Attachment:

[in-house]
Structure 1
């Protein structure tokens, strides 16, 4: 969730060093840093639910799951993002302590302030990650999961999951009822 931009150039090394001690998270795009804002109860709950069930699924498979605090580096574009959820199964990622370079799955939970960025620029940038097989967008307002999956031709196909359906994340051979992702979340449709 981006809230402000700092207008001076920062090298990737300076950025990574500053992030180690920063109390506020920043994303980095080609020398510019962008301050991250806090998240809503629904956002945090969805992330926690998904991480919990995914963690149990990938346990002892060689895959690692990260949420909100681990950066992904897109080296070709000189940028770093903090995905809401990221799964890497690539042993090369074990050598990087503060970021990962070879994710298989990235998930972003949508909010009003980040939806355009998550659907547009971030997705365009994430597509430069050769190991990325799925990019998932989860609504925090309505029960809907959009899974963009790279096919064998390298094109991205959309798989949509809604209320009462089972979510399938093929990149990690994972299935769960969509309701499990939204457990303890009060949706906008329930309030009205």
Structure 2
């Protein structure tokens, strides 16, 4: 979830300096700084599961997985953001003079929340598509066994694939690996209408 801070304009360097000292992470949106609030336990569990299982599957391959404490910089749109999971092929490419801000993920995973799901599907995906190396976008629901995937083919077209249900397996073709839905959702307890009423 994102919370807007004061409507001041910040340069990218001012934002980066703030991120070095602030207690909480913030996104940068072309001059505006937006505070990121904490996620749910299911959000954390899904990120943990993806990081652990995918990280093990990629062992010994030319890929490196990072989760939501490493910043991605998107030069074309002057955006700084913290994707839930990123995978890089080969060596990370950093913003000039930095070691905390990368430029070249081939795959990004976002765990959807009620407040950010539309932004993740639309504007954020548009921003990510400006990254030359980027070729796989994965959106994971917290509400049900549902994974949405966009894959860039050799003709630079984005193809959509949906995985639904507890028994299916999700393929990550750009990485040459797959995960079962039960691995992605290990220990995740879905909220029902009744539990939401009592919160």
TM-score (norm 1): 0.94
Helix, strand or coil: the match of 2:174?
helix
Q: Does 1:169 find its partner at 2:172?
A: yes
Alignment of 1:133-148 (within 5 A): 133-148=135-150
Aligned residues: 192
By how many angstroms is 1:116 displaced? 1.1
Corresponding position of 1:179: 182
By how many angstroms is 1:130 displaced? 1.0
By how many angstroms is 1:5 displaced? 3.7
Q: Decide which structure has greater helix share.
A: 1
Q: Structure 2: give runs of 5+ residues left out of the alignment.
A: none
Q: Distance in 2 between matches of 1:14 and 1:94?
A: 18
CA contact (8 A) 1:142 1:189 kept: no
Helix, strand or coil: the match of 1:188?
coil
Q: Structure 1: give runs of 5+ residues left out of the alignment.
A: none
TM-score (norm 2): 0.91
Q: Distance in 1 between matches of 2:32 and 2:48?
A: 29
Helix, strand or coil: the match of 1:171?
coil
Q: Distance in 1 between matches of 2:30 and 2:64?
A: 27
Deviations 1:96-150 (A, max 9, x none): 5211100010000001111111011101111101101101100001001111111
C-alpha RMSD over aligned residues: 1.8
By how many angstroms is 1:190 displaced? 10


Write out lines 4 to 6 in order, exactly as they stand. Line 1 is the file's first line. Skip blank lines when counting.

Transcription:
Structure 2
């Protein structure tokens, strides 16, 4: 979830300096700084599961997985953001003079929340598509066994694939690996209408 801070304009360097000292992470949106609030336990569990299982599957391959404490910089749109999971092929490419801000993920995973799901599907995906190396976008629901995937083919077209249900397996073709839905959702307890009423 994102919370807007004061409507001041910040340069990218001012934002980066703030991120070095602030207690909480913030996104940068072309001059505006937006505070990121904490996620749910299911959000954390899904990120943990993806990081652990995918990280093990990629062992010994030319890929490196990072989760939501490493910043991605998107030069074309002057955006700084913290994707839930990123995978890089080969060596990370950093913003000039930095070691905390990368430029070249081939795959990004976002765990959807009620407040950010539309932004993740639309504007954020548009921003990510400006990254030359980027070729796989994965959106994971917290509400049900549902994974949405966009894959860039050799003709630079984005193809959509949906995985639904507890028994299916999700393929990550750009990485040459797959995960079962039960691995992605290990220990995740879905909220029902009744539990939401009592919160």
TM-score (norm 1): 0.94